Talk to your doctor about the next steps. Sometimes an initial evaluation can help determine an underlying cause. But in most cases, no single cause is identified. The first step is anti-seizure medications to help prevent the risk of further seizures.

  • Water safety: No tub baths without direct observation by an adult. Showers only – with door unlocked. No swimming without adult supervision, and a life jacket must be worn at all times when boating or participating in any water activity.
  • Bike or scooter riding, skate boarding, horseback riding: Must wear helmet at all times.
  • Climbing: Nothing higher than 10 feet (ladders, trees). No hanging upside down from jungle gyms or other playground equipment. Avoid having sharp edges in and around your home, and look out for other dangerous home conditions. 
  • Driving: No driving, including all-terrain vehicles (ATVs), mini-bikes, four-wheelers, golf carts or any other motorized vehicle unless your healthcare provider has given prior approval. It is illegal to drive in Arizona for three months following an event of altered awareness.
  • Firearms: No hunting or handling of firearms.
  • Burns: Burns are a risk in the kitchen with hot or boiling water or hot oil, and your child may need to avoid these. Burns from hot tap water or shower water are a problem unless water heaters can be set to a safer temperature below 120°Fahrenheit. Devices such as hair curling irons or blow dryers could also increase the risk for burns and should be used with caution.
  • Tools: Power tools, lawn mowers and garden equipment may be dangerous if a person is at risk for seizures. Some hobbies could be dangerous as well. Make sure to assess the risks of a tool or task for your child, and talk to your child’s doctor or neurologist about safe alternatives and activities for your child.

There may be other risks not covered here. Talk to your child’s doctor if you have any specific questions or concerns.

  • Keep calm and reassure other people who may be nearby. 
  • Prevent injury by clearing the area around the person of anything hard or sharp. 
  • Ease the person to the floor and put something soft and flat, like a folded jacket, under his or her head. 
  • Remove eyeglasses and loosen ties or anything around the neck that may make breathing difficult.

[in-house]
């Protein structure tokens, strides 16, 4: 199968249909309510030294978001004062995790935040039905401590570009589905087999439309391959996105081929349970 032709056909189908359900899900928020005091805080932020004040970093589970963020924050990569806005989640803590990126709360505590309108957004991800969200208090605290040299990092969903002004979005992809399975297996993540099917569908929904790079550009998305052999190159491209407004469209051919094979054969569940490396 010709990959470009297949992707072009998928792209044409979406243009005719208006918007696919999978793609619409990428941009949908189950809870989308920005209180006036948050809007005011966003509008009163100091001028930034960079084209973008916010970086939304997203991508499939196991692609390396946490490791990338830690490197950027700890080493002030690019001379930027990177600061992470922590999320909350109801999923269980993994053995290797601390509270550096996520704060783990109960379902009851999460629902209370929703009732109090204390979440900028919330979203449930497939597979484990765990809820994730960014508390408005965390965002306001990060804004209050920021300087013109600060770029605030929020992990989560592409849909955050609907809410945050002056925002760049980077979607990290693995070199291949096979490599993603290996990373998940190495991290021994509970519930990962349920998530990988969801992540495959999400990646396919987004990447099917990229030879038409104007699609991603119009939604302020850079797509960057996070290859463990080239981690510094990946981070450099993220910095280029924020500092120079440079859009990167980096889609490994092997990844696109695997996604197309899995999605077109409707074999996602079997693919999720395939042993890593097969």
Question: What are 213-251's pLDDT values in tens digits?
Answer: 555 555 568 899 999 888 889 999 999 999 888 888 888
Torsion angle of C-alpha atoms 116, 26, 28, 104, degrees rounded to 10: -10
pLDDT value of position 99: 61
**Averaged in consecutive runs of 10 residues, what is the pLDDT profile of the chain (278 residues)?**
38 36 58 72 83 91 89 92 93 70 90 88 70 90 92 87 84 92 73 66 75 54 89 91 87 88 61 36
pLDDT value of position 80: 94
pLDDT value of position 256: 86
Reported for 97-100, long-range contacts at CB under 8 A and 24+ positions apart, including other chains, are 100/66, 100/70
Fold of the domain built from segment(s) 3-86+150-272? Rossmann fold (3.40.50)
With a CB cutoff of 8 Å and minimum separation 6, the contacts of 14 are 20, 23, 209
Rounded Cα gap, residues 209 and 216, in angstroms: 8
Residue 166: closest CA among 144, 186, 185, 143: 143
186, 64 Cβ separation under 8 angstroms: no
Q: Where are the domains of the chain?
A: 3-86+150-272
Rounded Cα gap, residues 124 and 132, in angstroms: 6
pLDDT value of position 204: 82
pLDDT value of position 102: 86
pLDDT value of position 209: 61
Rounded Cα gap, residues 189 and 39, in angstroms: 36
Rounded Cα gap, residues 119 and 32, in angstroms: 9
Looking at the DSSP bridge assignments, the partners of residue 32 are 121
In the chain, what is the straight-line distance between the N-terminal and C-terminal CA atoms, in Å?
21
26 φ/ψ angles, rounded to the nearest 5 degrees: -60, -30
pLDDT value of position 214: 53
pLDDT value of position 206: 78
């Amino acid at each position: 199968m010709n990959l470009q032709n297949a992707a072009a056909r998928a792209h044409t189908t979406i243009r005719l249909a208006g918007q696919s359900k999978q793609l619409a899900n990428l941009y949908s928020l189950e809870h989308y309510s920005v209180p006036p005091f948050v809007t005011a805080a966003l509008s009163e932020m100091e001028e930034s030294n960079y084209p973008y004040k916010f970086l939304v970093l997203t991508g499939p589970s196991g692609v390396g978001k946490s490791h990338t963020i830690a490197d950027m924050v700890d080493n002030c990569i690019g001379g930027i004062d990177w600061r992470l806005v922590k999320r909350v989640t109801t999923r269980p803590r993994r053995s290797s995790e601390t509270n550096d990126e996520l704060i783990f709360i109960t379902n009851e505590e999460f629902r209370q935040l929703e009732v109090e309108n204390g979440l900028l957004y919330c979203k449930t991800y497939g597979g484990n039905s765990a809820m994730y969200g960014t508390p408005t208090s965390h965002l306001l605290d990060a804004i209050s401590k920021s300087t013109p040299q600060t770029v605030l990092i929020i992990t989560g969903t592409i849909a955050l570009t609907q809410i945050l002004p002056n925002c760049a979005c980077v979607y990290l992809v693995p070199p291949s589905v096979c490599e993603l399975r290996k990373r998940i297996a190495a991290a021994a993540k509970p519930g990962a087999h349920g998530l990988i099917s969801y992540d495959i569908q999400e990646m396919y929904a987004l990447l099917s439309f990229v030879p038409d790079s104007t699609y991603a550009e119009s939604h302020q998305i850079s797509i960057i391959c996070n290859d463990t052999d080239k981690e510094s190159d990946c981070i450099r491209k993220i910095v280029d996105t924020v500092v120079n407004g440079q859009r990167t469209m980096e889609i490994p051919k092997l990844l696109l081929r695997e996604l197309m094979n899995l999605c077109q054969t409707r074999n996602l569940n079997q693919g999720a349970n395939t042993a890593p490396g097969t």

• Contrary to popular belief, it is not true that a person having a seizure can swallow his tongue. Do not put anything in the person’s mouth. Efforts to hold the tongue down can injure the teeth or jaw. 
  • Turn the person gently onto one side. This will help keep the airway clear. 
  • Do not hold the person down or try to stop his or her movements. 
  • Time the seizure with your watch. If the seizure continues for longer than five minutes without signs of slowing down, call 911.
  • After the seizure, if they have trouble breathing, appear to be injured or in pain, or recovery is unusual in some way, call 911.

Here are a few things you can do to help someone who is having a seizure that appears as blank staring, loss of awareness, involuntary blinking, chewing or other facial movements:

  • Stay calm and speak reassuringly. 
  • Guide him or her away from dangers. 
  • Block access to hazards, but don’t restrain the person. 
  • If the person is agitated, stay a distance away, but close enough to protect him or her until full awareness has returned.

Consider a seizure an emergency, and call 911 if: 

  • The seizure lasts longer than five minutes without signs of slowing down.
  • The person has trouble breathing afterwards, appears to be in pain or recovery is unusual in some way. 
  • The person has another seizure soon after the first one. 
  • The person cannot be awakened after the seizure activity has stopped. 
  • The person became injured during the seizure. 
  • The person becomes aggressive. 
  • The seizure occurs in water. 
  • The person has a health condition like diabetes or heart disease or is pregnant.

Learn more about epilepsy information and resources through the Epilepsy Foundation at epilepsy.com.